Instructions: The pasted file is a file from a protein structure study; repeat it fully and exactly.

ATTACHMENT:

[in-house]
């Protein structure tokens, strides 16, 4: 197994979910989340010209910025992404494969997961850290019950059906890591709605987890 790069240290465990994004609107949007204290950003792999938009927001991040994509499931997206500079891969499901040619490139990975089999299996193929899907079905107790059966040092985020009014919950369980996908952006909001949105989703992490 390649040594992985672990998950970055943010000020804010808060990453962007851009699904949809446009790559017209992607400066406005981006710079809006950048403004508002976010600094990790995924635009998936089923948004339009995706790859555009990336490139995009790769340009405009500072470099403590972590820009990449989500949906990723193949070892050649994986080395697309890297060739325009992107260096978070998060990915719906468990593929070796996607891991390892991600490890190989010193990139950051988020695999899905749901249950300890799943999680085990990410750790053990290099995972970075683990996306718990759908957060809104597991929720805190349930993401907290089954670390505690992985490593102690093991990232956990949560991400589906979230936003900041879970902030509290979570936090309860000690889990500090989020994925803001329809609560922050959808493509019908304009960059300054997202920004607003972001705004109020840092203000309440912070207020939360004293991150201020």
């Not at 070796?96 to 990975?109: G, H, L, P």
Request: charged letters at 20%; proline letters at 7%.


[in-house]
């Protein structure tokens, strides 16, 4: 197994979910989340010209910025992404494969997961850290019950059906890591709605987890 790069240290465990994004609107949007204290950003792999938009927001991040994509499931997206500079891969499901040619490139990975089999299996193929899907079905107790059966040092985020009014919950369980996908952006909001949105989703992490 390649040594992985672990998950970055943010000020804010808060990453962007851009699904949809446009790559017209992607400066406005981006710079809006950048403004508002976010600094990790995924635009998936089923948004339009995706790859555009990336490139995009790769340009405009500072470099403590972590820009990449989500949906990723193949070892050649994986080395697309890297060739325009992107260096978070998060990915719906468990593929070796996607891991390892991600490890190989010193990139950051988020695999899905749901249950300890799943999680085990990410750790053990290099995972970075683990996306718990759908957060809104597991929720805190349930993401907290089954670390505690992985490593102690093991990232956990949560991400589906979230936003900041879970902030509290979570936090309860000690889990500090989020994925803001329809609560922050959808493509019908304009960059300054997202920004607003972001705004109020840092203000309440912070207020939360004293991150201020």
């Not at 070796?96 to 990975?109: G, H, L, P």
Request: charged letters at 20%; proline letters at 7%.